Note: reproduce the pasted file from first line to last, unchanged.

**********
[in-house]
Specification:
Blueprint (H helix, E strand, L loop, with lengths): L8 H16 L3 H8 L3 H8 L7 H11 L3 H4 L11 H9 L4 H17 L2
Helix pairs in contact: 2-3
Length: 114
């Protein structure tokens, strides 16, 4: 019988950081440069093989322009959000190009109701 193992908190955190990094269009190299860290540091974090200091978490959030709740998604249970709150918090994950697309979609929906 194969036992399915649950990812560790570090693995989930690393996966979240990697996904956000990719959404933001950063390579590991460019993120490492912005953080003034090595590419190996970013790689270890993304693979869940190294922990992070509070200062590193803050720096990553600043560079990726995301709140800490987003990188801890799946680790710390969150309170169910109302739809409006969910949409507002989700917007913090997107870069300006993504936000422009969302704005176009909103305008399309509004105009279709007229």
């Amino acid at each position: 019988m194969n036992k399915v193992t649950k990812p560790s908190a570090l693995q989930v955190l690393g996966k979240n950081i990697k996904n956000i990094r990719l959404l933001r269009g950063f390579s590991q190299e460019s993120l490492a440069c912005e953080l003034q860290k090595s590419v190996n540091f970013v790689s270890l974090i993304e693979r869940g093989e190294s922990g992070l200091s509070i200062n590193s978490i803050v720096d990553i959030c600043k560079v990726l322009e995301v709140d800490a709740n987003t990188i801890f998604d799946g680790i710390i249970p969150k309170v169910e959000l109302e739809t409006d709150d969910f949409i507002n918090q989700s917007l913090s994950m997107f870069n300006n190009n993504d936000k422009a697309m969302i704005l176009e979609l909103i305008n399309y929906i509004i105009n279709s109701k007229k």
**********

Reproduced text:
[in-house]
Specification:
Blueprint (H helix, E strand, L loop, with lengths): L8 H16 L3 H8 L3 H8 L7 H11 L3 H4 L11 H9 L4 H17 L2
Helix pairs in contact: 2-3
Length: 114
């Protein structure tokens, strides 16, 4: 019988950081440069093989322009959000190009109701 193992908190955190990094269009190299860290540091974090200091978490959030709740998604249970709150918090994950697309979609929906 194969036992399915649950990812560790570090693995989930690393996966979240990697996904956000990719959404933001950063390579590991460019993120490492912005953080003034090595590419190996970013790689270890993304693979869940190294922990992070509070200062590193803050720096990553600043560079990726995301709140800490987003990188801890799946680790710390969150309170169910109302739809409006969910949409507002989700917007913090997107870069300006993504936000422009969302704005176009909103305008399309509004105009279709007229």
């Amino acid at each position: 019988m194969n036992k399915v193992t649950k990812p560790s908190a570090l693995q989930v955190l690393g996966k979240n950081i990697k996904n956000i990094r990719l959404l933001r269009g950063f390579s590991q190299e460019s993120l490492a440069c912005e953080l003034q860290k090595s590419v190996n540091f970013v790689s270890l974090i993304e693979r869940g093989e190294s922990g992070l200091s509070i200062n590193s978490i803050v720096d990553i959030c600043k560079v990726l322009e995301v709140d800490a709740n987003t990188i801890f998604d799946g680790i710390i249970p969150k309170v169910e959000l109302e739809t409006d709150d969910f949409i507002n918090q989700s917007l913090s994950m997107f870069n300006n190009n993504d936000k422009a697309m969302i704005l176009e979609l909103i305008n399309y929906i509004i105009n279709s109701k007229k």